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Home » , » A Passage to India is basically about the clash of two cultures, Do you agree?
'A Passage to India' deals with the difficulties men face in their effort to understand each other and the world they live in. Forster sees the British rule as a corruption influence on both the rulers and the ruled. Forster's criticism of imperialism is based on ethical rather than political convictions. A Passage to India is basically about the clash of two cultures.
the clash of two cultures

We see in the very first chapter of the novel that Chandrapore is two towns, the English civil station and the native section, the one having nothing to do with the other. The civil station "shares nothing with the city except the over arching sky". This division in the landscape is symptomatic of the wide gulf that separates the rulers from the ruled. Forster thinks that it is not possible for an Indian to be a friend of an Englishman as long as the English remain unfeeling, proud and automatic towards the Indians. In their dealings with the Indians, the British as a class, operate only at the level of political and social duty.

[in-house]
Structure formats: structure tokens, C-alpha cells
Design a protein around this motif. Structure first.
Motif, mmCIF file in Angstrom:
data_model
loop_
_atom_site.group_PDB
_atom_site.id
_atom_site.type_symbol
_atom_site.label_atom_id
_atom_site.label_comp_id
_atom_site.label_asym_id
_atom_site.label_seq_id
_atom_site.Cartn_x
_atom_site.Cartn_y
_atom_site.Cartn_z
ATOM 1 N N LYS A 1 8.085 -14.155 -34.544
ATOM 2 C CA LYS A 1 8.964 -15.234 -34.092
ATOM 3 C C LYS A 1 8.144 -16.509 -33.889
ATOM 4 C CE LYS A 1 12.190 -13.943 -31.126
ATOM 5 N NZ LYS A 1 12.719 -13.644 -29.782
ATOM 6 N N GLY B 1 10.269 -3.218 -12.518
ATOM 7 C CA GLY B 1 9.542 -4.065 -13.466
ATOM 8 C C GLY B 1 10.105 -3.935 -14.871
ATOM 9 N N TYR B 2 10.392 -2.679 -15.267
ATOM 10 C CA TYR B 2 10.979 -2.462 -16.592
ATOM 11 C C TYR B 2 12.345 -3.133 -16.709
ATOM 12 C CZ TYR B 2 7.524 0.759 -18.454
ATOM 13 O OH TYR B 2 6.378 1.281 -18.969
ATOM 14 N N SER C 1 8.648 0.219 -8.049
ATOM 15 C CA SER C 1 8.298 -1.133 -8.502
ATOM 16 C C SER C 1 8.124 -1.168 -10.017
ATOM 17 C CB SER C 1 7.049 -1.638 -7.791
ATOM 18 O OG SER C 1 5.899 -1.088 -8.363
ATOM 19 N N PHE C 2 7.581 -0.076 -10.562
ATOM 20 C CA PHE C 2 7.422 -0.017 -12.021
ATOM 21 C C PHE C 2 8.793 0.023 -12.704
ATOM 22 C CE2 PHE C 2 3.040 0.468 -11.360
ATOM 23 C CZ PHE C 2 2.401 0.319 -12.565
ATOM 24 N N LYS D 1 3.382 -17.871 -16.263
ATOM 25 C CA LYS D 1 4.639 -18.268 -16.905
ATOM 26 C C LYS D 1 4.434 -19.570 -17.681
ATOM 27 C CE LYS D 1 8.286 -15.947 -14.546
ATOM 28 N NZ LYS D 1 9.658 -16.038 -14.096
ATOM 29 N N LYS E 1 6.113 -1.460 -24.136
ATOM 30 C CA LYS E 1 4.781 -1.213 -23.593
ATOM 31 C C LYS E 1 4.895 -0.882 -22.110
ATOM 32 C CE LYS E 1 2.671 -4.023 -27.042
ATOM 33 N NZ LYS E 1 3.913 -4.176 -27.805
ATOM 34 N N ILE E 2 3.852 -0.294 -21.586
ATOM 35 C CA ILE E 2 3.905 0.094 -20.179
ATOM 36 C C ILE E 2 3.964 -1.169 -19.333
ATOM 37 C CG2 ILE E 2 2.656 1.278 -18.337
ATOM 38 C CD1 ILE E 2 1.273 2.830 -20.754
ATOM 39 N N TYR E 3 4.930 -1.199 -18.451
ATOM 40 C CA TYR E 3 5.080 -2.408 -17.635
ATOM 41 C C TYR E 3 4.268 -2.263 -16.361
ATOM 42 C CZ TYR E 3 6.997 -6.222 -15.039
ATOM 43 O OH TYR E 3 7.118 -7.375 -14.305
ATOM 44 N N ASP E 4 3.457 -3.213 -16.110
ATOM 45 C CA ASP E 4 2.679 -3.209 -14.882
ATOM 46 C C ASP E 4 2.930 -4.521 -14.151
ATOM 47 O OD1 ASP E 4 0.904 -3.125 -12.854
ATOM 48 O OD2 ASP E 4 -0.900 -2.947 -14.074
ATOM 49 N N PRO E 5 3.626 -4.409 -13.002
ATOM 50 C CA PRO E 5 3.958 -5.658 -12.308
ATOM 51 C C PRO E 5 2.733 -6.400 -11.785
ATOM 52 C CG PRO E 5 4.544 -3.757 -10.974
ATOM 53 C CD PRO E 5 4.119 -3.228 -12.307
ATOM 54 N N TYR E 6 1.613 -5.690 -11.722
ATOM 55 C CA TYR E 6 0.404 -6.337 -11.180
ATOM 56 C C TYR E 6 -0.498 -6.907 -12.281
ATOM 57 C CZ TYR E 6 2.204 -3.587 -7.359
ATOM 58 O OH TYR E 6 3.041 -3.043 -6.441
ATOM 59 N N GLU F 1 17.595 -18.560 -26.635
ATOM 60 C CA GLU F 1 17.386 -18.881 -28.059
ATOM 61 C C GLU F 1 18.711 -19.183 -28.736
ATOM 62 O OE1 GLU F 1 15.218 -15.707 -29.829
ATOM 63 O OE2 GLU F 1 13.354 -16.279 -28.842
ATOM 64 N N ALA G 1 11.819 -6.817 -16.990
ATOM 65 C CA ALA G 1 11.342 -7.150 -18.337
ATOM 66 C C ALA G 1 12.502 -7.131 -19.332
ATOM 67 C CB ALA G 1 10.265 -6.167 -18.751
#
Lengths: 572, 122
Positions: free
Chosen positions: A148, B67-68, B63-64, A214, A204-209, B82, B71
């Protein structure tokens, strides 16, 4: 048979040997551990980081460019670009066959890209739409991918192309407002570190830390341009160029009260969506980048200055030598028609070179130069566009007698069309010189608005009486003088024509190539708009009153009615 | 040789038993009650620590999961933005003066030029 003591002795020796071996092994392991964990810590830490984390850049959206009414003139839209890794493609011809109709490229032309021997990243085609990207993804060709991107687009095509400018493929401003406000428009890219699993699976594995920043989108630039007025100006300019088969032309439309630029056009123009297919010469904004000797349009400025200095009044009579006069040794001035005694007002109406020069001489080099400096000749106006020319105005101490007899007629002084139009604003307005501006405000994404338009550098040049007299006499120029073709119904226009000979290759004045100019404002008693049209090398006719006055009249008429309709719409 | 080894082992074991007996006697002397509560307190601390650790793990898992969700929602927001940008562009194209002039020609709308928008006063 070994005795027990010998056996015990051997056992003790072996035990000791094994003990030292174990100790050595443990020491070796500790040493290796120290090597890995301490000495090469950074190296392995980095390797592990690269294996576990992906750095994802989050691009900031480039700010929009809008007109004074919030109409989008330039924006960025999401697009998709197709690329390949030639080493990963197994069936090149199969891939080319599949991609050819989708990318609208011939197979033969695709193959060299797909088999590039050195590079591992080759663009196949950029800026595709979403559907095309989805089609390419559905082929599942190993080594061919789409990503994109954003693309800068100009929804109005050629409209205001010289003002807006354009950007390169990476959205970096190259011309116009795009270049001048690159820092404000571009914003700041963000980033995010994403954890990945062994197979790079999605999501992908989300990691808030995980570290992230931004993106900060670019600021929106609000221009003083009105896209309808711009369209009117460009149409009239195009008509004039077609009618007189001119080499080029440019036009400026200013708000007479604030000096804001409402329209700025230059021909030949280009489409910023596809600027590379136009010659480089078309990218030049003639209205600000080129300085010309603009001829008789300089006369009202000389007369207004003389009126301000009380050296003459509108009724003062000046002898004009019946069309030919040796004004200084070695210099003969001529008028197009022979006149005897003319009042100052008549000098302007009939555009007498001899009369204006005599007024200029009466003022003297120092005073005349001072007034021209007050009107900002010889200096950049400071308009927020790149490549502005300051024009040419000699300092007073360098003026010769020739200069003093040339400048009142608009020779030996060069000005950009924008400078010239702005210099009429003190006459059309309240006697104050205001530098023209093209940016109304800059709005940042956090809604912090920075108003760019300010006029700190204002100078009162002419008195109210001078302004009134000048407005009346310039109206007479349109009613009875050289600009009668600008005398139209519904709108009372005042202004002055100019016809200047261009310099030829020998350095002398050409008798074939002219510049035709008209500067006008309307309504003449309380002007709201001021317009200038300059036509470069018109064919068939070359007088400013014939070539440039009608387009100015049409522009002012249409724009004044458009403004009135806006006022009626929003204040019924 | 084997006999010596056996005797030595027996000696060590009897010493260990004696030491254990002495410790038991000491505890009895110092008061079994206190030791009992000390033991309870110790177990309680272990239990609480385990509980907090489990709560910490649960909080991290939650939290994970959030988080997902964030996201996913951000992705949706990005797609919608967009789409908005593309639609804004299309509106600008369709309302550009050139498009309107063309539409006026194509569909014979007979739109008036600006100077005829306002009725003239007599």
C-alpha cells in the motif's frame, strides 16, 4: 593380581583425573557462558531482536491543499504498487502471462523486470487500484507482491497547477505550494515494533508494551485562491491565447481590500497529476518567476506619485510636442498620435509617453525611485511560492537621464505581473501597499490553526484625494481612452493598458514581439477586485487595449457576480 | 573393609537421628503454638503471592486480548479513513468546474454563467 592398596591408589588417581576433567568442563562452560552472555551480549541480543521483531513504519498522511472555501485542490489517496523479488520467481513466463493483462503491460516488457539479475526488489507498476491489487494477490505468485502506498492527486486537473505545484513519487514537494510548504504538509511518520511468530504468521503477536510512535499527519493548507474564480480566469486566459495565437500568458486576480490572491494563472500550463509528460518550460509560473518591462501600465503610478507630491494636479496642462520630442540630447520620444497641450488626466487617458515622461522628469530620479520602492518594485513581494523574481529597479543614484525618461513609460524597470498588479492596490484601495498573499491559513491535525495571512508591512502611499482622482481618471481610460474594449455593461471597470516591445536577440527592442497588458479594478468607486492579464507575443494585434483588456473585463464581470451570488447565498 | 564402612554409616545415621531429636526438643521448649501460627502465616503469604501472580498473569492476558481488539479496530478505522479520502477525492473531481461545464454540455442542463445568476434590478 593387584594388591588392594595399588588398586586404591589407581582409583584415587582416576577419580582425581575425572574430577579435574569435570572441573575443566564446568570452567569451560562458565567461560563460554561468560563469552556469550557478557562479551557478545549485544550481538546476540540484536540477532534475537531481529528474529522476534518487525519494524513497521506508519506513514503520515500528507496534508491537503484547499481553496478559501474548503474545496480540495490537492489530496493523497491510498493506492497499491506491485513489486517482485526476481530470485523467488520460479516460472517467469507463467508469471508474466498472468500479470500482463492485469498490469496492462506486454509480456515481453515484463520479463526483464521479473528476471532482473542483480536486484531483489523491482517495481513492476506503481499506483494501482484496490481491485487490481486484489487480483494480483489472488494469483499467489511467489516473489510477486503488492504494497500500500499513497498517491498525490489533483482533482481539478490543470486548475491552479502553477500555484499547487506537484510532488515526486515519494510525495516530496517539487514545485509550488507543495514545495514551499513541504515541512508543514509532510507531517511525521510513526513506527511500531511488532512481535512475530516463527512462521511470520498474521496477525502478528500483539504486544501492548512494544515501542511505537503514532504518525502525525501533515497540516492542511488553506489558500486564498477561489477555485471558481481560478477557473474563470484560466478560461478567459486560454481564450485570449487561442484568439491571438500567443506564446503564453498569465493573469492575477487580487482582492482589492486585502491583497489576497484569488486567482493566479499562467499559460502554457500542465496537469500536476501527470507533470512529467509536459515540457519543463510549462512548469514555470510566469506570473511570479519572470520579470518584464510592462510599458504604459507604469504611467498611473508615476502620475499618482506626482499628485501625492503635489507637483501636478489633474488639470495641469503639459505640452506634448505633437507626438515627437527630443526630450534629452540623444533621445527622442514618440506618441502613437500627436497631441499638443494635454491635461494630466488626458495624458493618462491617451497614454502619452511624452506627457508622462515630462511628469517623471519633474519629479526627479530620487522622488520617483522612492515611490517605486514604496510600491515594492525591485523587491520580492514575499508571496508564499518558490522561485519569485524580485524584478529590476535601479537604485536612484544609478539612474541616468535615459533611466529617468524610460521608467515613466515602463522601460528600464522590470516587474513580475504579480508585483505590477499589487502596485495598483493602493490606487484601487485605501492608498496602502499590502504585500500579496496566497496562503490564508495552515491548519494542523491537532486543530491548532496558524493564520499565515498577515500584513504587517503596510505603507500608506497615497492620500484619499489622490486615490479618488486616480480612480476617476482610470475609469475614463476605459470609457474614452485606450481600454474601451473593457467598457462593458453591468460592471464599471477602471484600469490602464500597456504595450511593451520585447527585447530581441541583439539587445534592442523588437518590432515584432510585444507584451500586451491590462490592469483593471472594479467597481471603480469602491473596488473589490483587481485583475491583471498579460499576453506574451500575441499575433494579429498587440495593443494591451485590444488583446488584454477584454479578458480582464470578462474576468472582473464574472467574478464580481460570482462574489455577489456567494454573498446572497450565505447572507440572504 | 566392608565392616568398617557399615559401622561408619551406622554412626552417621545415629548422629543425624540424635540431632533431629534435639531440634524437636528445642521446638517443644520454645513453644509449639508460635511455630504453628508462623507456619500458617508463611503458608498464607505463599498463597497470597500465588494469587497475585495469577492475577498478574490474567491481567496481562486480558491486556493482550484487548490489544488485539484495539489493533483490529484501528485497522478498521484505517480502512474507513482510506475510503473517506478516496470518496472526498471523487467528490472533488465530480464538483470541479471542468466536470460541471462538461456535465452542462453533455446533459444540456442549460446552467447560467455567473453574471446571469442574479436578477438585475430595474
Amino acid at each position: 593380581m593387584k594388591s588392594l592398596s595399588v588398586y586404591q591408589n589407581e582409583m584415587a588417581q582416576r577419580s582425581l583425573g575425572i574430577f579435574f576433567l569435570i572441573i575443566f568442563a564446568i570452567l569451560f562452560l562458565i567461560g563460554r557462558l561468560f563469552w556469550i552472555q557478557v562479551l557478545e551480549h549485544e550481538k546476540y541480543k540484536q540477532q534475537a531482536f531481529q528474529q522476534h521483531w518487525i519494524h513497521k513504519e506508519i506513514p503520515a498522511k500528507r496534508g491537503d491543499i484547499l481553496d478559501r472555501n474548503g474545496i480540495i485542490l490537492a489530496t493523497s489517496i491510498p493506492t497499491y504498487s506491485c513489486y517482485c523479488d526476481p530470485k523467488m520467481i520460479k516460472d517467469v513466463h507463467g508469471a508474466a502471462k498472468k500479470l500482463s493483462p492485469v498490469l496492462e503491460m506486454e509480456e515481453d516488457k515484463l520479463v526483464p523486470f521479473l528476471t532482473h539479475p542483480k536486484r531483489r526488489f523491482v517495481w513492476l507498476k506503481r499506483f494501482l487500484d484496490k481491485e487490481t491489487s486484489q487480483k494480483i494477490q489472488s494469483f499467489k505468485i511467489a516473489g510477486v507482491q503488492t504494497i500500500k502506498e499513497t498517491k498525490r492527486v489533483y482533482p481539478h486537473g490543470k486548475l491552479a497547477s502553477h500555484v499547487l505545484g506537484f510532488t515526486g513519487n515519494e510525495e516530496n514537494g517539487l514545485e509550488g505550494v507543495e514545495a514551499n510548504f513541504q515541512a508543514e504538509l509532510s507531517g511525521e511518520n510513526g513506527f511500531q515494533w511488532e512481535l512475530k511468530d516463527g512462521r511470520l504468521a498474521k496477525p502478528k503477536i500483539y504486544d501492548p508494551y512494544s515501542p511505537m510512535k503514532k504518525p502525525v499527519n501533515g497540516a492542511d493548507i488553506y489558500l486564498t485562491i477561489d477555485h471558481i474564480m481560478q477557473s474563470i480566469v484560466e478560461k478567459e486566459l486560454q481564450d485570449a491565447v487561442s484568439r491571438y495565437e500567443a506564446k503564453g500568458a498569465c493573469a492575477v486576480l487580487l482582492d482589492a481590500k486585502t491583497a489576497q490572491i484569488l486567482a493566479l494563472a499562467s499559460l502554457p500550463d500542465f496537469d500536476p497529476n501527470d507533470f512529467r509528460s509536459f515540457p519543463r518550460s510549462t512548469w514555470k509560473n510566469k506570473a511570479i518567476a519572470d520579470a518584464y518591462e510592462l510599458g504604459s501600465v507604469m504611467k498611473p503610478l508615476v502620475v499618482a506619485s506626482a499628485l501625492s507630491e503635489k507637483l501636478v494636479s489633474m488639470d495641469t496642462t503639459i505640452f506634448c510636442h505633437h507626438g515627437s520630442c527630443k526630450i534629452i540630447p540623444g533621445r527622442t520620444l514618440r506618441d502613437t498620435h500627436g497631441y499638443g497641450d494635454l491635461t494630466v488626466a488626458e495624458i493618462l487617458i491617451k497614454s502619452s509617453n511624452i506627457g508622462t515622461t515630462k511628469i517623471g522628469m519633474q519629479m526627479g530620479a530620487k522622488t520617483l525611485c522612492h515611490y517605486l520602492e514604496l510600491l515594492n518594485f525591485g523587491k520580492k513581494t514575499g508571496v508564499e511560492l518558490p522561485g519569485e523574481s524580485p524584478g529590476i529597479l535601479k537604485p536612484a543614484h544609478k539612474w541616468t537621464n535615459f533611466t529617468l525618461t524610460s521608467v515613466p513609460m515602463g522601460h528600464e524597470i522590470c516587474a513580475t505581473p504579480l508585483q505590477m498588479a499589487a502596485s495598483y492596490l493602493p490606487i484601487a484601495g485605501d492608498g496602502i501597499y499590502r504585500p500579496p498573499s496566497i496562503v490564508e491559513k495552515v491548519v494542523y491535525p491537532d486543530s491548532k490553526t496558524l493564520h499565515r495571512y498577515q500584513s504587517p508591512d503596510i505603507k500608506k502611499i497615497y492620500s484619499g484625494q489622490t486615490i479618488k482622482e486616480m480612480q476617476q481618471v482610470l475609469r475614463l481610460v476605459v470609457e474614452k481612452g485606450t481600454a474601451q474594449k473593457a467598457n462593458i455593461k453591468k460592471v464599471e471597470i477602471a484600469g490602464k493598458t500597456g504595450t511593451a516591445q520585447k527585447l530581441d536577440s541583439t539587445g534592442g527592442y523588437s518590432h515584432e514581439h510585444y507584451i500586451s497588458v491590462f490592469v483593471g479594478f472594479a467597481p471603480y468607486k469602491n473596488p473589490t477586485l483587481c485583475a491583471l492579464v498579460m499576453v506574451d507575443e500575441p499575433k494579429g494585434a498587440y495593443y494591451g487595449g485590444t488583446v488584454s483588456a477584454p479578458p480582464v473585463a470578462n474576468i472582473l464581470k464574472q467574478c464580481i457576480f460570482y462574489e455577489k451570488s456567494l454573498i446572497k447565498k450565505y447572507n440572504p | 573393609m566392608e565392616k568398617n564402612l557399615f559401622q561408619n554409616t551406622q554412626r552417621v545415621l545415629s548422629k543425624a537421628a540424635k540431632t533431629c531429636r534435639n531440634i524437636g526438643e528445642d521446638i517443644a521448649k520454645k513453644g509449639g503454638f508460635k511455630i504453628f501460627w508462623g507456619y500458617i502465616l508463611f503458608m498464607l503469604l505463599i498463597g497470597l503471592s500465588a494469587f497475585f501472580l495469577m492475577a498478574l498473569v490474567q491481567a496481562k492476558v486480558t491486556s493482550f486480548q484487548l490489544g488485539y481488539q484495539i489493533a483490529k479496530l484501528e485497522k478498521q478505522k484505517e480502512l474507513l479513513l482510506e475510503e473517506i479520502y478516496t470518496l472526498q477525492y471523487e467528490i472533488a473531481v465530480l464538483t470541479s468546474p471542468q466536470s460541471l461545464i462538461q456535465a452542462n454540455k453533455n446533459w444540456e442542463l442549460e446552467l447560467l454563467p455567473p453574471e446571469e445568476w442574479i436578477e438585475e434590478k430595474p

Thus the ruling Anglo-Indians think of their rule as a burden nobly borne by them in order to civilize the native barbarians. This imperialistic prejudice produces a rigid system in which humanity has been harshly divided into the whites and the coloured. The Anglo-Indians act as a herd, united in their vicious contempt and hatred for the native Indians, whom they despise as belonging to an inferior race. They have built round themselves a rigid barrier of conventions, rank, and position, and feeling. Safe and superior behind this fence of conventions, they look down upon the Indians outside with contempt and disdain. Fearful of the primitive Indians outside, they always feel the need of sticking together, of keeping in step with others in order not to fall behind the herd.

The most frightening expression of this herd-felling is, of course, visible, when the largest numbers of them are gathered together in their club at the Bridge Party, arranged in honour of the new comers, Mrs. Moore and Adela Quested. Some of the distinguished Indians are also invited to the party to bridge the gulf between the British and the Indians. But the Anglo-Indians as a group are simply not interested in their talking to the Indians, they themselves have invited. As a result, the Indians who attend the party on goodwill, feel extremely humiliated.

This mass-hysteria of the Anglo-Indians may also be seen in the trial scene. Their collective concern in the trial scene, is not justice for Adela, but to achieve the utmost humiliation of the Indians. Forster shows how their mass-hysteria can, on critical situations, lead them towards uncontrollable evil.

Forster's view is that the British do not care to understand the true nature of India and the Indians and that is why their rule is unsuccessful.


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